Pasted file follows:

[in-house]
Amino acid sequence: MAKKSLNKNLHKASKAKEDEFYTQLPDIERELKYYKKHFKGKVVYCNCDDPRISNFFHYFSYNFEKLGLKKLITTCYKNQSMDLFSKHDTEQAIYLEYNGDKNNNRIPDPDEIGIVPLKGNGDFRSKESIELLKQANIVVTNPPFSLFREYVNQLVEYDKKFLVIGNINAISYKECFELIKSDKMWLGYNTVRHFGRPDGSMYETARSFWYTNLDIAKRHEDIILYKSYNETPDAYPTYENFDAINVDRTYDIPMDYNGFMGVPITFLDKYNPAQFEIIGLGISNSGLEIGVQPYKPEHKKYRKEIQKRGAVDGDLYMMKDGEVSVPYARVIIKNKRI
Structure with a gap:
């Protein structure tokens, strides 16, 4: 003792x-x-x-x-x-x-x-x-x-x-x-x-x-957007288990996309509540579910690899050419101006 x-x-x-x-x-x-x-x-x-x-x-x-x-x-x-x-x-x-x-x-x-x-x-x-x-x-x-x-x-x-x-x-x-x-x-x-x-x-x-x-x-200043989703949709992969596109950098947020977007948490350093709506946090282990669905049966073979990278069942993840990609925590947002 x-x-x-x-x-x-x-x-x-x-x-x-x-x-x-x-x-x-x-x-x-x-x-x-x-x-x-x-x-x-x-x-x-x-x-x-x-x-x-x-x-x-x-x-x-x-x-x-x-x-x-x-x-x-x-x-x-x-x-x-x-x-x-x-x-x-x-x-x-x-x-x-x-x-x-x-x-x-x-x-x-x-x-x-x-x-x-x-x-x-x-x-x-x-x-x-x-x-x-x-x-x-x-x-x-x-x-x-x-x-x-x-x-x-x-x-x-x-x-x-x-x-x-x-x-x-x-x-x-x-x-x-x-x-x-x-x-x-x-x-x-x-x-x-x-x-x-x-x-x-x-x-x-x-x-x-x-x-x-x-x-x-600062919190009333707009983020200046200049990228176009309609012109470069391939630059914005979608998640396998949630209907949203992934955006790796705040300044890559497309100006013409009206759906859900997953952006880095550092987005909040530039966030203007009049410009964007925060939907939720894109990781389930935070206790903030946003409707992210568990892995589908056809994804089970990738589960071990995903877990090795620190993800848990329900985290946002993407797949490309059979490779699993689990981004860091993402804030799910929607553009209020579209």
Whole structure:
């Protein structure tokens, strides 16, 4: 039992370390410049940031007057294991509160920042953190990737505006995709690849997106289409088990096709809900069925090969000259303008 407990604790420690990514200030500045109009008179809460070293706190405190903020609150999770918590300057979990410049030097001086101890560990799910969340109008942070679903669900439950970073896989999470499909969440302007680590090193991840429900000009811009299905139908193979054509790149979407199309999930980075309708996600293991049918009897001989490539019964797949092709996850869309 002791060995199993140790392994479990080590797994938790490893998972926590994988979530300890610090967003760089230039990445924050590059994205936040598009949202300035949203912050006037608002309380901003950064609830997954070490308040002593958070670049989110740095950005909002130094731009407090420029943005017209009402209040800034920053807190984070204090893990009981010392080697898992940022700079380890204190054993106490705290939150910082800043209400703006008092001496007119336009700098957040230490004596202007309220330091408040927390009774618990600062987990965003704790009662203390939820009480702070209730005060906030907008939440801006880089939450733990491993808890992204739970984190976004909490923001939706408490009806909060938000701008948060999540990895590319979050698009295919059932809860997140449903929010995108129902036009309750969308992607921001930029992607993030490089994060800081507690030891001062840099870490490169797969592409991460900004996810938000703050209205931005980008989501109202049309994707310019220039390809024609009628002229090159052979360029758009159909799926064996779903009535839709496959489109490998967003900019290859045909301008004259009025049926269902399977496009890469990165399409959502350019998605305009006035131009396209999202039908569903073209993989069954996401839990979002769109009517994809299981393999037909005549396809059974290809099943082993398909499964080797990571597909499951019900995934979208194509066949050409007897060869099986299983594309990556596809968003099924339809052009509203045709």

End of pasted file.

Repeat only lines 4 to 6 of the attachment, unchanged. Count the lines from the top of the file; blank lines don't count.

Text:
């Protein structure tokens, strides 16, 4: 003792x-x-x-x-x-x-x-x-x-x-x-x-x-957007288990996309509540579910690899050419101006 x-x-x-x-x-x-x-x-x-x-x-x-x-x-x-x-x-x-x-x-x-x-x-x-x-x-x-x-x-x-x-x-x-x-x-x-x-x-x-x-x-200043989703949709992969596109950098947020977007948490350093709506946090282990669905049966073979990278069942993840990609925590947002 x-x-x-x-x-x-x-x-x-x-x-x-x-x-x-x-x-x-x-x-x-x-x-x-x-x-x-x-x-x-x-x-x-x-x-x-x-x-x-x-x-x-x-x-x-x-x-x-x-x-x-x-x-x-x-x-x-x-x-x-x-x-x-x-x-x-x-x-x-x-x-x-x-x-x-x-x-x-x-x-x-x-x-x-x-x-x-x-x-x-x-x-x-x-x-x-x-x-x-x-x-x-x-x-x-x-x-x-x-x-x-x-x-x-x-x-x-x-x-x-x-x-x-x-x-x-x-x-x-x-x-x-x-x-x-x-x-x-x-x-x-x-x-x-x-x-x-x-x-x-x-x-x-x-x-x-x-x-x-x-x-x-600062919190009333707009983020200046200049990228176009309609012109470069391939630059914005979608998640396998949630209907949203992934955006790796705040300044890559497309100006013409009206759906859900997953952006880095550092987005909040530039966030203007009049410009964007925060939907939720894109990781389930935070206790903030946003409707992210568990892995589908056809994804089970990738589960071990995903877990090795620190993800848990329900985290946002993407797949490309059979490779699993689990981004860091993402804030799910929607553009209020579209």
Whole structure:
């Protein structure tokens, strides 16, 4: 039992370390410049940031007057294991509160920042953190990737505006995709690849997106289409088990096709809900069925090969000259303008 407990604790420690990514200030500045109009008179809460070293706190405190903020609150999770918590300057979990410049030097001086101890560990799910969340109008942070679903669900439950970073896989999470499909969440302007680590090193991840429900000009811009299905139908193979054509790149979407199309999930980075309708996600293991049918009897001989490539019964797949092709996850869309 002791060995199993140790392994479990080590797994938790490893998972926590994988979530300890610090967003760089230039990445924050590059994205936040598009949202300035949203912050006037608002309380901003950064609830997954070490308040002593958070670049989110740095950005909002130094731009407090420029943005017209009402209040800034920053807190984070204090893990009981010392080697898992940022700079380890204190054993106490705290939150910082800043209400703006008092001496007119336009700098957040230490004596202007309220330091408040927390009774618990600062987990965003704790009662203390939820009480702070209730005060906030907008939440801006880089939450733990491993808890992204739970984190976004909490923001939706408490009806909060938000701008948060999540990895590319979050698009295919059932809860997140449903929010995108129902036009309750969308992607921001930029992607993030490089994060800081507690030891001062840099870490490169797969592409991460900004996810938000703050209205931005980008989501109202049309994707310019220039390809024609009628002229090159052979360029758009159909799926064996779903009535839709496959489109490998967003900019290859045909301008004259009025049926269902399977496009890469990165399409959502350019998605305009006035131009396209999202039908569903073209993989069954996401839990979002769109009517994809299981393999037909005549396809059974290809099943082993398909499964080797990571597909499951019900995934979208194509066949050409007897060869099986299983594309990556596809968003099924339809052009509203045709």